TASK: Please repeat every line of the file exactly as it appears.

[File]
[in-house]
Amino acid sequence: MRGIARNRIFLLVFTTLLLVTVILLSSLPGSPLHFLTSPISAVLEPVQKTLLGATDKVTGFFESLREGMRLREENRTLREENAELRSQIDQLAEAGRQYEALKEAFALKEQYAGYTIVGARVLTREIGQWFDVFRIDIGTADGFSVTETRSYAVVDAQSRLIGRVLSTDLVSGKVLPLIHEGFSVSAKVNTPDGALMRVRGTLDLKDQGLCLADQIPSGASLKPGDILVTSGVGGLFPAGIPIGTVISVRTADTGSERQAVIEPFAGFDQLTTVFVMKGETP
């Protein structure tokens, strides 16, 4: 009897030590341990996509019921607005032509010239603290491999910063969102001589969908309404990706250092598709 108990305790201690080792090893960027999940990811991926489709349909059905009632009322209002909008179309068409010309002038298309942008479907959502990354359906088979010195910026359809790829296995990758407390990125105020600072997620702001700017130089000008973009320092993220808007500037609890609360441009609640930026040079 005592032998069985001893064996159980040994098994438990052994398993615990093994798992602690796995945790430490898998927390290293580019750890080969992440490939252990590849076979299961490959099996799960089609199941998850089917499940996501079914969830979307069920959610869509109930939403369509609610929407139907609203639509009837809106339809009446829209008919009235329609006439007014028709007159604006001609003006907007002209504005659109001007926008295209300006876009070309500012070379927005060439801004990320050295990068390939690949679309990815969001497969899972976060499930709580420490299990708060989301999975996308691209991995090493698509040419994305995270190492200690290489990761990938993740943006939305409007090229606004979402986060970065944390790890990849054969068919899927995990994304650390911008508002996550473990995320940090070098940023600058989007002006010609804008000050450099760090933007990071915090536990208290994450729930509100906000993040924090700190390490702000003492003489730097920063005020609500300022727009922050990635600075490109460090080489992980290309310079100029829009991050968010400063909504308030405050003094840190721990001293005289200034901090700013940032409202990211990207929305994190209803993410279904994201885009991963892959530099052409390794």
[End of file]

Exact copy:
[in-house]
Amino acid sequence: MRGIARNRIFLLVFTTLLLVTVILLSSLPGSPLHFLTSPISAVLEPVQKTLLGATDKVTGFFESLREGMRLREENRTLREENAELRSQIDQLAEAGRQYEALKEAFALKEQYAGYTIVGARVLTREIGQWFDVFRIDIGTADGFSVTETRSYAVVDAQSRLIGRVLSTDLVSGKVLPLIHEGFSVSAKVNTPDGALMRVRGTLDLKDQGLCLADQIPSGASLKPGDILVTSGVGGLFPAGIPIGTVISVRTADTGSERQAVIEPFAGFDQLTTVFVMKGETP
């Protein structure tokens, strides 16, 4: 009897030590341990996509019921607005032509010239603290491999910063969102001589969908309404990706250092598709 108990305790201690080792090893960027999940990811991926489709349909059905009632009322209002909008179309068409010309002038298309942008479907959502990354359906088979010195910026359809790829296995990758407390990125105020600072997620702001700017130089000008973009320092993220808007500037609890609360441009609640930026040079 005592032998069985001893064996159980040994098994438990052994398993615990093994798992602690796995945790430490898998927390290293580019750890080969992440490939252990590849076979299961490959099996799960089609199941998850089917499940996501079914969830979307069920959610869509109930939403369509609610929407139907609203639509009837809106339809009446829209008919009235329609006439007014028709007159604006001609003006907007002209504005659109001007926008295209300006876009070309500012070379927005060439801004990320050295990068390939690949679309990815969001497969899972976060499930709580420490299990708060989301999975996308691209991995090493698509040419994305995270190492200690290489990761990938993740943006939305409007090229606004979402986060970065944390790890990849054969068919899927995990994304650390911008508002996550473990995320940090070098940023600058989007002006010609804008000050450099760090933007990071915090536990208290994450729930509100906000993040924090700190390490702000003492003489730097920063005020609500300022727009922050990635600075490109460090080489992980290309310079100029829009991050968010400063909504308030405050003094840190721990001293005289200034901090700013940032409202990211990207929305994190209803993410279904994201885009991963892959530099052409390794």